2. Activity at the White House, drawn primarily from former President Trump’s official statements on Twitter;
  3. The Department of Defense’s official timeline that was published on January 8, 2021.

The chronology, taken together with our three previous January 6 sourcebooks, provides a high level of detail about the attempted coup, while at the same time underscoring just how much about federal or local government decisions and actions remains unknown to the public.  Each entry includes a source, with hyperlink, and a Who’s Who of key figures is also provided.  The Archive will update the timeline as important new information surfaces.

The second item is a Cyber Brief from Archive Cyber Fellow Cristin J. Monahan examining the double-edged role the Internet played in the January 6 attack and its aftermath. Documents highlighted in the Brief include a January 12, 2021, Congressional Research Service report, “Cybersecurity Concerns Related to the Recent Breach of U.S. Capitol Security,” which Monahan notes highlights a trifecta of core issues:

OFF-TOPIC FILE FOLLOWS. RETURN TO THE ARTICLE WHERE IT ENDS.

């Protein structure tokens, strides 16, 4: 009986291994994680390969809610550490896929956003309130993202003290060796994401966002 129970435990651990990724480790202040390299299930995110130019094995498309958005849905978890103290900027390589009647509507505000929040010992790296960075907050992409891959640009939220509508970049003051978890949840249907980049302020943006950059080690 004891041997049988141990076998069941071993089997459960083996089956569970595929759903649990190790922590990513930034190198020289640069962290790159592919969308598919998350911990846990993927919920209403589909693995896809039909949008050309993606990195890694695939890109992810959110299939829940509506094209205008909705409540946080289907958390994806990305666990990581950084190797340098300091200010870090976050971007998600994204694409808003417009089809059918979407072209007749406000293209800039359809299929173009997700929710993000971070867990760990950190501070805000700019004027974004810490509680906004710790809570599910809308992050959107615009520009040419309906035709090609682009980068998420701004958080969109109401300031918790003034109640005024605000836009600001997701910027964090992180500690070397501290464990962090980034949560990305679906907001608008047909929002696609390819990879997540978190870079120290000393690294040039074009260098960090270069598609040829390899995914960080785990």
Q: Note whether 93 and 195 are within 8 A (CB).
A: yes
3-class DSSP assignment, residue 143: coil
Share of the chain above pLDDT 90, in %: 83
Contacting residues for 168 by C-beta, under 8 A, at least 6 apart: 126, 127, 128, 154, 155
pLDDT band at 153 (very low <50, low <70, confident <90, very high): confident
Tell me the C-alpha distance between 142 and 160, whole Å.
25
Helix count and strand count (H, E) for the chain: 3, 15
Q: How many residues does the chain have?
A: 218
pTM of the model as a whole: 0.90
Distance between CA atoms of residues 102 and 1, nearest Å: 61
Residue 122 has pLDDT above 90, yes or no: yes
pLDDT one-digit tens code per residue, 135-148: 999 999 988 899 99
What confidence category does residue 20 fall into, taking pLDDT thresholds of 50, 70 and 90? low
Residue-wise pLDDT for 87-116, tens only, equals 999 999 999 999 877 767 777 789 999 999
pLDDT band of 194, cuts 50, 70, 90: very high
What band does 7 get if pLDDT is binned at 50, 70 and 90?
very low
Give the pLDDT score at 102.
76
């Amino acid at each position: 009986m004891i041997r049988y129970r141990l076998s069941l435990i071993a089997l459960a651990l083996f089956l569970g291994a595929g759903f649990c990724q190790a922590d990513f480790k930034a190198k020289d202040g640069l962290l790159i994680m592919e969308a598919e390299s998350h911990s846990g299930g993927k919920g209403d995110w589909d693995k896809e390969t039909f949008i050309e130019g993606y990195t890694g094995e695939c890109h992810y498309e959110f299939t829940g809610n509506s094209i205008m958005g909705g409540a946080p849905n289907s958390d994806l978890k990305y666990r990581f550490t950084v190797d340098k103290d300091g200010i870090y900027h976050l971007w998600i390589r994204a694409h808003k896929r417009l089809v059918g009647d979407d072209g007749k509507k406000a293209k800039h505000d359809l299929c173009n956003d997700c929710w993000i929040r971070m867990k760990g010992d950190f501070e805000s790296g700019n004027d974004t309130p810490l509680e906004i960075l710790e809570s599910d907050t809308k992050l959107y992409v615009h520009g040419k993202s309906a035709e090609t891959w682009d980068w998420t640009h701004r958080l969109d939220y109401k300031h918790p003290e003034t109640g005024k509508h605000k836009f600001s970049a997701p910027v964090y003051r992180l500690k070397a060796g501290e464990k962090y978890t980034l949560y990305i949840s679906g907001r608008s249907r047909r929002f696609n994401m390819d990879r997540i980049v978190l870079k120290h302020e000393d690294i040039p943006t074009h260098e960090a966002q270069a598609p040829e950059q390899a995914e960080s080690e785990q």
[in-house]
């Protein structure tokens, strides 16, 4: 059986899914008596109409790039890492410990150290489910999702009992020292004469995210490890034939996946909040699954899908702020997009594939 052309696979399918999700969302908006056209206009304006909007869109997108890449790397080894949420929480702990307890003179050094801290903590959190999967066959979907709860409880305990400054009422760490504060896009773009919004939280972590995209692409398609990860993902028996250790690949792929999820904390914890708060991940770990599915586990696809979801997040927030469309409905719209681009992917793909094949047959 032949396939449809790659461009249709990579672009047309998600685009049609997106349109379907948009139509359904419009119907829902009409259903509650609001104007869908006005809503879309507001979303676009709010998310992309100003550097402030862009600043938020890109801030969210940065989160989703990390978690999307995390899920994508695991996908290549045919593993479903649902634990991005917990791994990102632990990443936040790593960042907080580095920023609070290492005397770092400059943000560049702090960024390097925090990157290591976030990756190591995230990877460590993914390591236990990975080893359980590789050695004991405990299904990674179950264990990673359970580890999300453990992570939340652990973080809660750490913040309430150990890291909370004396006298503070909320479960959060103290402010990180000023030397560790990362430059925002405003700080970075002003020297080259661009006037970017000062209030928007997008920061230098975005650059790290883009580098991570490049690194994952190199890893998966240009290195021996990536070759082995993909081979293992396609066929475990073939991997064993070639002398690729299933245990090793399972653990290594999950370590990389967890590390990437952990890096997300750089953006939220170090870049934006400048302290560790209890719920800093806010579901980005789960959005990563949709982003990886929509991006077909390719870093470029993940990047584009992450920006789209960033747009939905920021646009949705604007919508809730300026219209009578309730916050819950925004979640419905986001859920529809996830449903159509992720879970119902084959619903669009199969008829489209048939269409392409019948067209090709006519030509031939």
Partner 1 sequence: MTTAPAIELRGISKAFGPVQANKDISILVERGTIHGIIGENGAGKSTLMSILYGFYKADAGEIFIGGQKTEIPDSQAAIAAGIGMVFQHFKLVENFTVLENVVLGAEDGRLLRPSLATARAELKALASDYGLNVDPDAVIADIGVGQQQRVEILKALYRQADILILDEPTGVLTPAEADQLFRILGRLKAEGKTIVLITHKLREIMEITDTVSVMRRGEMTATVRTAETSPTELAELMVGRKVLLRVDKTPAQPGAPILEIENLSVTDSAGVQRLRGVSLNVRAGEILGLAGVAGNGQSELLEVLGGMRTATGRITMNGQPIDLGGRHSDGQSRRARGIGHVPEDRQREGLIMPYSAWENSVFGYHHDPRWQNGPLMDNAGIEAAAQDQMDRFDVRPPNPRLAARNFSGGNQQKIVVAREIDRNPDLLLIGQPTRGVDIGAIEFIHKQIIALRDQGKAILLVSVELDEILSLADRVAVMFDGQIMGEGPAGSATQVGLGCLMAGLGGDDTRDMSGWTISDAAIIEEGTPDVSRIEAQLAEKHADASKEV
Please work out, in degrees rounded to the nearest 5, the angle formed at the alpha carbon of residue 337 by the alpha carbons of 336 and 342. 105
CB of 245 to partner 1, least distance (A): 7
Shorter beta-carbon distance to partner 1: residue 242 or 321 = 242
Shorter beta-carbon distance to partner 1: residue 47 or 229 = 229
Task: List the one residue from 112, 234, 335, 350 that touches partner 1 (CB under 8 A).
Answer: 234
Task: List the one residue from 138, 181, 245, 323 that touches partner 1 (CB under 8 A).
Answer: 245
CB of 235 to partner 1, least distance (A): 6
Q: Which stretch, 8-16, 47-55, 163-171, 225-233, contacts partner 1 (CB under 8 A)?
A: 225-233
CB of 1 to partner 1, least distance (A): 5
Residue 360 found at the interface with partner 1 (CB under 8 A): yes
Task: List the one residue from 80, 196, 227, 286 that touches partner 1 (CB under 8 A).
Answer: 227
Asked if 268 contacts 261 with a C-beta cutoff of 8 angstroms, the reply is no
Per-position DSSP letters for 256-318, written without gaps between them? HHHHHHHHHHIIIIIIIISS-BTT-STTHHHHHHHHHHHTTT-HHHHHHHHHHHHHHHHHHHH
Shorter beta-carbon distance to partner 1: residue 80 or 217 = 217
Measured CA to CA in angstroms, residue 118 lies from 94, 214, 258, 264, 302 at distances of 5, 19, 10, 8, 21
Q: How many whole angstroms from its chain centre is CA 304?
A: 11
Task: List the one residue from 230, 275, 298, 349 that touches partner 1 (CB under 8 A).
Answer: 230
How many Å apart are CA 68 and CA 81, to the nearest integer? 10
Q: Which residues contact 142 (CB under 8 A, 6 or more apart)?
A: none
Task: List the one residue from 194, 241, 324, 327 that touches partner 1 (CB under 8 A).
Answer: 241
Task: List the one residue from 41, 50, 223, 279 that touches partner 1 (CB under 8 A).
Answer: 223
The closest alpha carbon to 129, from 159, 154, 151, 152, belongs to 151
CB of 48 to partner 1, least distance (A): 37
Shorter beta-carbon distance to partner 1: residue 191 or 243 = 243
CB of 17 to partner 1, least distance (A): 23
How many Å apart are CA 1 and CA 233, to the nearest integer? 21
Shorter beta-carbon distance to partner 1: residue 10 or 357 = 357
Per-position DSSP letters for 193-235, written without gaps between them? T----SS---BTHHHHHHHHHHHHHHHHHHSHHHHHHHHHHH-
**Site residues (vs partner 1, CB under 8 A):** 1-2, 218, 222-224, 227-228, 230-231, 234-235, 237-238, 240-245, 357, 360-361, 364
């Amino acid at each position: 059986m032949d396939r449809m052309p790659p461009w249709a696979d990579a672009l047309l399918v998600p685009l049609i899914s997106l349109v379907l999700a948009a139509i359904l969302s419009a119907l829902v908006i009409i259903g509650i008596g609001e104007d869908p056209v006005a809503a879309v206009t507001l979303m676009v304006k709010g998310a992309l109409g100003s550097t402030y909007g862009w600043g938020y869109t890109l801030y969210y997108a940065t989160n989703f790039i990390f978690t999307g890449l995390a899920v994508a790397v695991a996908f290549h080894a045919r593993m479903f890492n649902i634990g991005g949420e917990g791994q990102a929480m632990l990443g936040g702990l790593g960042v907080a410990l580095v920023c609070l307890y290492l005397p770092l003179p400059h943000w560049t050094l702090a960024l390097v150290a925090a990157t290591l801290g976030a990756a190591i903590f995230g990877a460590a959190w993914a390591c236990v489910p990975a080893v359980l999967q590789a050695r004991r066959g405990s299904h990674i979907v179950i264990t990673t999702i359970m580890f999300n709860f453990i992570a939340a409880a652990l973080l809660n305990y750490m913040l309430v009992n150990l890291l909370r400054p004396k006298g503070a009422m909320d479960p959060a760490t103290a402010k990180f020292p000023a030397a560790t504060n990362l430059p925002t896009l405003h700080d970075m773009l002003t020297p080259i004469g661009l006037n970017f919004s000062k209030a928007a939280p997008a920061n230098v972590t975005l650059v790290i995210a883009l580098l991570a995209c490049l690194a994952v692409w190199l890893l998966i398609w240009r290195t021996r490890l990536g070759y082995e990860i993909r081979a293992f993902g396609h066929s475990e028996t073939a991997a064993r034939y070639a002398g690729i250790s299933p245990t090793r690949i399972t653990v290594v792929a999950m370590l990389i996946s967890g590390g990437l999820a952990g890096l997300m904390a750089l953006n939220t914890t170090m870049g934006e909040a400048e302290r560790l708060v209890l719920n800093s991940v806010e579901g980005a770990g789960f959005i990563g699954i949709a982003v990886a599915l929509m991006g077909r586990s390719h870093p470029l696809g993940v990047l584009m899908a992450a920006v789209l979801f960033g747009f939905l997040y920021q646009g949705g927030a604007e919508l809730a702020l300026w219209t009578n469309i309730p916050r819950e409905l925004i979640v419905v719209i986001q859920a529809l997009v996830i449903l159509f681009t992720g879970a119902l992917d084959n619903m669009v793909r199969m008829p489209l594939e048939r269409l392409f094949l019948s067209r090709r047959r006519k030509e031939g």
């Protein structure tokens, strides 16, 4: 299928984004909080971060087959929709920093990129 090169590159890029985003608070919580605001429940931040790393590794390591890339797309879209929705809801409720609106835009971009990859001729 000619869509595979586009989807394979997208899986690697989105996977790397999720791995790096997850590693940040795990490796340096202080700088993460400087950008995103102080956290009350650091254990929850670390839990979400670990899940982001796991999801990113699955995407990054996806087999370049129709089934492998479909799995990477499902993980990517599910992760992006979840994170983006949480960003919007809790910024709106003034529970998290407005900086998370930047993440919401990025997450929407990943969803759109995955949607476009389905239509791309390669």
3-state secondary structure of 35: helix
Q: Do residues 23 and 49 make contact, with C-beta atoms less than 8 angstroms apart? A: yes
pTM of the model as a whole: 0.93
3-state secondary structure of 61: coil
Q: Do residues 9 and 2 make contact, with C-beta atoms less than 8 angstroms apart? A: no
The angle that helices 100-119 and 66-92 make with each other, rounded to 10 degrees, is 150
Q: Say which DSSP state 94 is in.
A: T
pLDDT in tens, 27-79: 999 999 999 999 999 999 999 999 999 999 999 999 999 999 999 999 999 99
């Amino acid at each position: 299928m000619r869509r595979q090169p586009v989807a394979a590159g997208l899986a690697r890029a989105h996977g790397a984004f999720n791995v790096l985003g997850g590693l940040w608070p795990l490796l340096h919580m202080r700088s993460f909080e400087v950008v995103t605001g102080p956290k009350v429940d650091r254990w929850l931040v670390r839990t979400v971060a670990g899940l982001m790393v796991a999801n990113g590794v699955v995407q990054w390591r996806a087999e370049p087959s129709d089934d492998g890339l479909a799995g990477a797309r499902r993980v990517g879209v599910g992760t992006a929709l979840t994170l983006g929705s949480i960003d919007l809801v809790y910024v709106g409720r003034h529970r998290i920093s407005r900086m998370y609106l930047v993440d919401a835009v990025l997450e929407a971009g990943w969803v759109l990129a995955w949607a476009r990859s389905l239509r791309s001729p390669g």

• “the role of social media platforms in enabling violent groups to organize and carry out their objectives, and the role of government in monitoring that speech;
  • the use of public communications networks for alerting congressional building occupants; and
  • the risk to information and technology from unauthorized and unscreened persons’ access to the U.S. Capitol.”

Another document highlighted in the brief, the declassified January 11, 2021, United States Postal Inspection Service, Situational Awareness Bulletin – Intelligence Summary: United States Capitol Riot Data Archives, which was released thanks to a Freedom of Information Act (FOIA) request by Property of the People, details how law enforcement relied on members of the public who archived online material from Parler for intelligence.  Read the rest of the documents in the National Security Archive’s Cyber Vault. 

Congressional Staffers Emailed DOJ RE January 6 Concerns